At a conveniently narrow point the Romans built a bridge and, in the marshes on the northern bank they erected a settlement and fort. They named it 'Londinium'. There doesn't appear to be a clear reason for this, but the name stuck, more or less, and its been there, on and off, ever since. A lot happened in between that city's founding and my own. There's been a lot of time, a lot of events, a lot of history, but deep down it hasn't changed, not really. Oh sure, superficially its completely different nowadays. Gone are the wooden palisades and shacks, long since replaced by concrete and marble, glass and metal. It hardly looks like a swamp at all but deep down, below the surface, it still is. Like they say 'You can build the city out of the swamp, but mud sticks'.

There's a popular fallacy about modern cities. People call them 'concrete jungles'. That's just plain wrong. Big cities aren't jungles they're swamps. It doesn't have to be wet to be a swamp. That's not what makes it a swamp. What makes it a swamp is what it does. Swamps pull you in, drag you down, smother you in their quagmire, envelope you in their waters, preserve you in their depths. That's the point. Things that fall into a bog don't rot or decay. In the absence of oxygen decomposition slows to as stall.

Instead a swamp ingests and preserves, consumes and assimilates. Nothing that falls into a swamp is ever lost. It is bound to forever become a part of the swamp itself. Accumulation and expansion. The stench of a swamp is its warning sign, hanging over the turbid water as clear as any black on yellow builder's sign.

'Caution!', it says 'swamp work in progress'.

1. Swamp Boy

1. Swamp Boy

My Origin Story, part 3

So it is with my home town, my involuntary place of birth. It's: the first great metropolis; the capital of the greatest empire the world has ever known; arguably the first world city, London. Turgidly, it has grown out of the marshland of the Thames estuary. Century after century it has expanded, swollen, distended and, all the while, it has revelled in its own bloated pomposity, but it can't escape its beginnings. No amount of tarmac and pavement can suppress that. Even at the top of the ever higher skyscrapers you can't get away from it.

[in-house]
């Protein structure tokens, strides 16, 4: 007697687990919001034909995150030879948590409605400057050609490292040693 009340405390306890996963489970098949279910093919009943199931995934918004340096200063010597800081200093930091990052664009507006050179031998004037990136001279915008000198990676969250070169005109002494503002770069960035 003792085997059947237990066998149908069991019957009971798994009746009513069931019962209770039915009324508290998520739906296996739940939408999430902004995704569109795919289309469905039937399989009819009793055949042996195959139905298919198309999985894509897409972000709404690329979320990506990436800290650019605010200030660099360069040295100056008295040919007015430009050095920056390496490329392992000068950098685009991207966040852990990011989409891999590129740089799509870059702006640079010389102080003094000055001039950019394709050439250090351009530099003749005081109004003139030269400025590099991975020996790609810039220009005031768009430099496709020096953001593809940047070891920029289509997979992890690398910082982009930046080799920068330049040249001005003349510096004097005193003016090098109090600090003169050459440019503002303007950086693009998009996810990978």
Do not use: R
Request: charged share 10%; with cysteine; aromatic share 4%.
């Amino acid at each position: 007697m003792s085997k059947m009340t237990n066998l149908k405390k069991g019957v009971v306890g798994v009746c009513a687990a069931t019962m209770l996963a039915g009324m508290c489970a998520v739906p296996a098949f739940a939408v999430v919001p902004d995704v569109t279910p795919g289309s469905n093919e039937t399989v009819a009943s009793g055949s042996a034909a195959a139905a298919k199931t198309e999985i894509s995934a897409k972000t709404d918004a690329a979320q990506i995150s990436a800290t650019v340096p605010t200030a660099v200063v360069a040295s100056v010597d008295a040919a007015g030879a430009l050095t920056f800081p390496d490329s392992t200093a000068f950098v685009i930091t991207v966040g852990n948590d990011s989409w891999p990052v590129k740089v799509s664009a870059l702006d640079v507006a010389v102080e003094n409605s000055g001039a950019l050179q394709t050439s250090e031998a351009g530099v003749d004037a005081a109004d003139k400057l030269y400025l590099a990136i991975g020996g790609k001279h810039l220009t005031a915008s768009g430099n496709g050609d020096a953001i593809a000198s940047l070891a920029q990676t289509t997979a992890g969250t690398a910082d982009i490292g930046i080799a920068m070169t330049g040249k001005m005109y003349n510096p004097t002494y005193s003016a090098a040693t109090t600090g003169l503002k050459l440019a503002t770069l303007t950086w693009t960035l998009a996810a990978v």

Of course, nowadays its not the smell of the old marsh water that hangs like a miasma over everything. That's long gone, like the water itself, pumped and channelled underground into subterranean rivers. In fact, and bizarrely for such a damp place, London is uncommonly dry. It struggles to keep itself hydrated. The old marsh water is collected, processed, sanitised and assimilated again and again in order to keep the new marsh water alive. They say, every glass of water you drink in London has been drunk by 5 other people before you.

No the old water doesn't stink any more. Its been civilised, urbanised and re-purposed. It's the people that stink now. They are the new marsh water. London swamp has moved on, diversified, climbed up the food chain. It no longer merely assimilates organic material. Nowadays, it assimilates everything. Water and food, energy and materials, art and culture all are sucked in and converted into the substance of this swamp that is and ever shall be London.

This is where I was born and, like everything else that touches it, London made me part of itself. I can never escape.

I am Swamp Boy and this is my story.

2. Almost -